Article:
What should a Landlord do if a Tenant Terminates their lease early

A Tenant pays rent until their lease terminates.   However, circumstances can change that will cause them to end their lease.  Fortunately, the Landlord’s Options if a Tenant Vacates the Lease Early are stated in Florida Statute.   If you have a Tenant that has left but still owes rent, contact the Law Office of Brian P. Kowal, PA.

Options if a Tenant breaches the Lease and Vacates

  1. Take Possession and terminate any additional liability of the Tenant.  This only occurs if the they will be using the property to live.
  2. Retake Possession and rent it to a new Tenant.  The Landlord is required to mitigate their damages and take reasonable efforts to procure a new Tenant.
  3. Not take any action.  In other words, they allow the lease to continue without renting it out to a new Tenant.  As a result, the Tenant that vacated will be responsible for the remaining months.  While they cannot file an Eviction, they can file an action for damages.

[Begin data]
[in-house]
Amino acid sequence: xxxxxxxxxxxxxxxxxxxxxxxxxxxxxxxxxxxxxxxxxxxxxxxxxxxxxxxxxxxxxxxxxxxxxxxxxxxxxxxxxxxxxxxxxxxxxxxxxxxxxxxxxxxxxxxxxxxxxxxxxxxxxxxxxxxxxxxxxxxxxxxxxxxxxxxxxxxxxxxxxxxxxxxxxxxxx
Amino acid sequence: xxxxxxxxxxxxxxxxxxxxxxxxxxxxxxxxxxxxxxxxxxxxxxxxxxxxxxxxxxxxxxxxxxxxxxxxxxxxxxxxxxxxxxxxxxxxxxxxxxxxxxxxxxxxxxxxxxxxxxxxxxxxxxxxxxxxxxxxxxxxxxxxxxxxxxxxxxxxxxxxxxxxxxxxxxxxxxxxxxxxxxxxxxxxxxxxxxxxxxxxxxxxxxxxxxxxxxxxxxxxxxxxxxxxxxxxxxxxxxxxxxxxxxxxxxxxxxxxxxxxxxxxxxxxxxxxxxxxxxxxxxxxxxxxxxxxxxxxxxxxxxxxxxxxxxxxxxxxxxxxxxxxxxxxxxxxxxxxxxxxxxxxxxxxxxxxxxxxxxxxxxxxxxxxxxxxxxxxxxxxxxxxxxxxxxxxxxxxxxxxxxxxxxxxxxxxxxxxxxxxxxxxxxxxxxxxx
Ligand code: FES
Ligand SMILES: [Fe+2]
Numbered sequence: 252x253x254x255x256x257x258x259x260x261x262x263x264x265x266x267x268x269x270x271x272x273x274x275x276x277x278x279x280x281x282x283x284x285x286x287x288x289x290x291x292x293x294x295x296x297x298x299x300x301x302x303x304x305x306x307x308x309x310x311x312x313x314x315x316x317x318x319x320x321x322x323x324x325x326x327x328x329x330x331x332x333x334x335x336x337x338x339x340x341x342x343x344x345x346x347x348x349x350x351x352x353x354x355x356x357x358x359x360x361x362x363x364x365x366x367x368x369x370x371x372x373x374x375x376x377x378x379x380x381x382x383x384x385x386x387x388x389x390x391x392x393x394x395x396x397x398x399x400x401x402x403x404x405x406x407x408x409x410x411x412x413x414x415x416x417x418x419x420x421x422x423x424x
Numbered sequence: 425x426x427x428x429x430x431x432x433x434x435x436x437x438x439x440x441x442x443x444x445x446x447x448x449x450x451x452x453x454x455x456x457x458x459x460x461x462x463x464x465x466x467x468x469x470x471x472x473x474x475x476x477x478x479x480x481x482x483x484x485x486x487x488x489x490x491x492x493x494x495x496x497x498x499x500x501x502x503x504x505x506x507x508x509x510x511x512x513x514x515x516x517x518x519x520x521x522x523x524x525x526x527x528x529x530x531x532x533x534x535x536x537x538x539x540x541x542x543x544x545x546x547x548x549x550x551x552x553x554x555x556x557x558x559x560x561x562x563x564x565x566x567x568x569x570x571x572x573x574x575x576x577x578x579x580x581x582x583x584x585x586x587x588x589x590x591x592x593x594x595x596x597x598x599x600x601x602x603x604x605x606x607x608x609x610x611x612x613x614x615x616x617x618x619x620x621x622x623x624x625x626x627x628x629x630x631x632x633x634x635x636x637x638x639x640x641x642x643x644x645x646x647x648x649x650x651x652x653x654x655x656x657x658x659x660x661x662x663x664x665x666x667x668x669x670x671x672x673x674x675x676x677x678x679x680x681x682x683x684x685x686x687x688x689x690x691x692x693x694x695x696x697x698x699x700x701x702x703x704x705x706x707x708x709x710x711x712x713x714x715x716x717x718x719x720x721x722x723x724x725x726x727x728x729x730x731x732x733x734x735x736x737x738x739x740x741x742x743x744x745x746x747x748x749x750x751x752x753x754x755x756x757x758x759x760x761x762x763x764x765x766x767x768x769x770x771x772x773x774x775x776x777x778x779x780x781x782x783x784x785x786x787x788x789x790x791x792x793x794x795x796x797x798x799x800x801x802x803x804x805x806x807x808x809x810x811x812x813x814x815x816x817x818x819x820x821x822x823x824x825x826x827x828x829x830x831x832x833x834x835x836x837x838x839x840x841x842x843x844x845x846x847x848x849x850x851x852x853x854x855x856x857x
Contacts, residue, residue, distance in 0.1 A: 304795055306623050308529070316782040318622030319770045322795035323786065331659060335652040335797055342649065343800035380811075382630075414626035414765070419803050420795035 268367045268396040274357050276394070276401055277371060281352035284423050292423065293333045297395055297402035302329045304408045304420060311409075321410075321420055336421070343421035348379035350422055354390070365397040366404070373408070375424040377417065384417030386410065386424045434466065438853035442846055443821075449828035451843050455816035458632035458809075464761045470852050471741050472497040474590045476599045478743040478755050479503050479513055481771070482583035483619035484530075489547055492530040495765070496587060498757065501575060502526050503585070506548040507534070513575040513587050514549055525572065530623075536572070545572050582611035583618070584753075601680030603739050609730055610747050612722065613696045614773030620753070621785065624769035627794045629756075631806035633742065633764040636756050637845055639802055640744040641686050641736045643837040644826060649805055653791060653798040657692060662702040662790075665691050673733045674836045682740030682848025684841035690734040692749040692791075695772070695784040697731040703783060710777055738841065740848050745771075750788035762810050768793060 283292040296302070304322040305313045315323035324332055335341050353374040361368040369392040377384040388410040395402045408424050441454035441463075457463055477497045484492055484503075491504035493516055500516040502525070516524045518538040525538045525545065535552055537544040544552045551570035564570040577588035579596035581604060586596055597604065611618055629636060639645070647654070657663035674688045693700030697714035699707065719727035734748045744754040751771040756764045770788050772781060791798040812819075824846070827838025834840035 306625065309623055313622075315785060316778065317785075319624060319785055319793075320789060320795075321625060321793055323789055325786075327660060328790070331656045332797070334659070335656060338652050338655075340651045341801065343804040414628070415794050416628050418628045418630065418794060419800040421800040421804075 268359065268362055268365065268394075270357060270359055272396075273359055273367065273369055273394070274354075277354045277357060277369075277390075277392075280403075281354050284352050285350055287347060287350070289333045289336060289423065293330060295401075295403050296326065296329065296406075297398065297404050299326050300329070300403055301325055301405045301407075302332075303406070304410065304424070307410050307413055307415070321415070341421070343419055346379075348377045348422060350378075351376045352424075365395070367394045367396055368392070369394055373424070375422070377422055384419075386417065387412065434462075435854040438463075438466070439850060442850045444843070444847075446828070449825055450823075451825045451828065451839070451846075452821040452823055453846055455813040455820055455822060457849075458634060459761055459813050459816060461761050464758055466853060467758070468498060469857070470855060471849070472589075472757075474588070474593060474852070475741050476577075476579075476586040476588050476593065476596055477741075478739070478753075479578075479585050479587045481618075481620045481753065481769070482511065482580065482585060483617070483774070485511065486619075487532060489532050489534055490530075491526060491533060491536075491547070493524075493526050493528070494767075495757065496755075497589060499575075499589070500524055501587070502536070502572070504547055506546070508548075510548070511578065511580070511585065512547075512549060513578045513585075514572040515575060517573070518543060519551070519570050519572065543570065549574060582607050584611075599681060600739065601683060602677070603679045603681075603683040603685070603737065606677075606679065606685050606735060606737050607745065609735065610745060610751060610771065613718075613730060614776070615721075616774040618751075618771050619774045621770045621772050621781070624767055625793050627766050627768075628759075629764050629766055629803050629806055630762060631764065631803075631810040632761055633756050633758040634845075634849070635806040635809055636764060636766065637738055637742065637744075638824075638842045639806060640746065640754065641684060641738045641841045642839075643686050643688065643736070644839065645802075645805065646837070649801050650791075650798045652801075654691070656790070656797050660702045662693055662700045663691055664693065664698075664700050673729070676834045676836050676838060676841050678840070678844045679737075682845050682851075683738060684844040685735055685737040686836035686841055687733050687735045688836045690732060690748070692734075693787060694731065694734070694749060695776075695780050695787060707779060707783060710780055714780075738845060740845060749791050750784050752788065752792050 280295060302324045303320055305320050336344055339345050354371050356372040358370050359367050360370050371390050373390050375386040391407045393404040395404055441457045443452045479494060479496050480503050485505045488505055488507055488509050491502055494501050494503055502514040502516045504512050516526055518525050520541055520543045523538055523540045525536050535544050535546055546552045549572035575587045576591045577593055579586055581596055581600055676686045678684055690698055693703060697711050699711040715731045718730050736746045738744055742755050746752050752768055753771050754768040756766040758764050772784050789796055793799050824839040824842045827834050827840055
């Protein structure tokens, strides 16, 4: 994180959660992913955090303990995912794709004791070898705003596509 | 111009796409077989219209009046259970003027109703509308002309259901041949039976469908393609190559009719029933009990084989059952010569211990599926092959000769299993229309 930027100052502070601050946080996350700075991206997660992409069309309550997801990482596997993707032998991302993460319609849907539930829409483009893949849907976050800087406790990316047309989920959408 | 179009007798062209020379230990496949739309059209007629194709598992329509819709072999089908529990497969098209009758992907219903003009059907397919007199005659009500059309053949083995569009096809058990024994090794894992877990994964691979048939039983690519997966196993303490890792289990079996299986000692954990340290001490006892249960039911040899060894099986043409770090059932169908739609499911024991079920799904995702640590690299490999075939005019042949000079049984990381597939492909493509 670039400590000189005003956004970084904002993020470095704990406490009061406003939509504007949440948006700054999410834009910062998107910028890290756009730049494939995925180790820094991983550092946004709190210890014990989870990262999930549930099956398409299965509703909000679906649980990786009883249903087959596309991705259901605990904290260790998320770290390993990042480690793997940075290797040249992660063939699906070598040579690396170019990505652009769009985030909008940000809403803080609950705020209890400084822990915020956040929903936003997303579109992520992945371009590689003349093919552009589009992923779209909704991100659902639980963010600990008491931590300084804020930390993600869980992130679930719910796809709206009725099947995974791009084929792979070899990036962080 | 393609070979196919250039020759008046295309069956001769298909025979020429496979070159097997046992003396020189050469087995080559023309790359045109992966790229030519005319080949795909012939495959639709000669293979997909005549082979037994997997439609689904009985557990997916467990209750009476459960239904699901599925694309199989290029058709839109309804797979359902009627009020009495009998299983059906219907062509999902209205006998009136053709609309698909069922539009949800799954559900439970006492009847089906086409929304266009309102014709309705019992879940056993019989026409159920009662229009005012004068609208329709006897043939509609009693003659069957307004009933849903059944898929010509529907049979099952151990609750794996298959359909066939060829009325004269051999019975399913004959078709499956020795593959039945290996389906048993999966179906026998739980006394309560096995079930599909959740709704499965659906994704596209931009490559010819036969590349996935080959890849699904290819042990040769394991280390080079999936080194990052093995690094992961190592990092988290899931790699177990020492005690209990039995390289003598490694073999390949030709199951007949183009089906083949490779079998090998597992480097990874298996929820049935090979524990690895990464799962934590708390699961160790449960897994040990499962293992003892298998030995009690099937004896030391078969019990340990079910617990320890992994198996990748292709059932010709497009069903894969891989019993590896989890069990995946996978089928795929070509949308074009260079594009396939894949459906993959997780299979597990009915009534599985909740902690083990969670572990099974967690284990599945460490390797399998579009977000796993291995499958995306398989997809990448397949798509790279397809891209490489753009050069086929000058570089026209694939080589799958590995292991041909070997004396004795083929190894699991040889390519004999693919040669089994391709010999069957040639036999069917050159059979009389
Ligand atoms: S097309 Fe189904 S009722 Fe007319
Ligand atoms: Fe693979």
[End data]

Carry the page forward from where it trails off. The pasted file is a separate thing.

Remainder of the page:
4. Charge Liquidated Damages or an early termination fee as agreed to in the lease.  The amount does not exceed two months’ rent.  On the other hand, they can seek damages if they did not agree to a two months’ rent penalty.

The Liquidated Damages clause is not in every lease.   Therefore, it is important that they make sure that it provides for this type of remedy.  However, there is no guarantee that they will be able to recover the amount owed.    In other words, if a Tenant vacates without providing a forwarding address, they may never be able to file an action against them for the past due rent.  While it may appear to be favorable, without being able to serve the Tenant that vacated, a Landlord may not be able to recover.

A Landlord’s Options if a Tenant vacates the lease early are stated in Florida Statute. If you need assistance or unsure about your rights, contact the Law Office of Brian P. Kowal, PA at (954) 990-7552.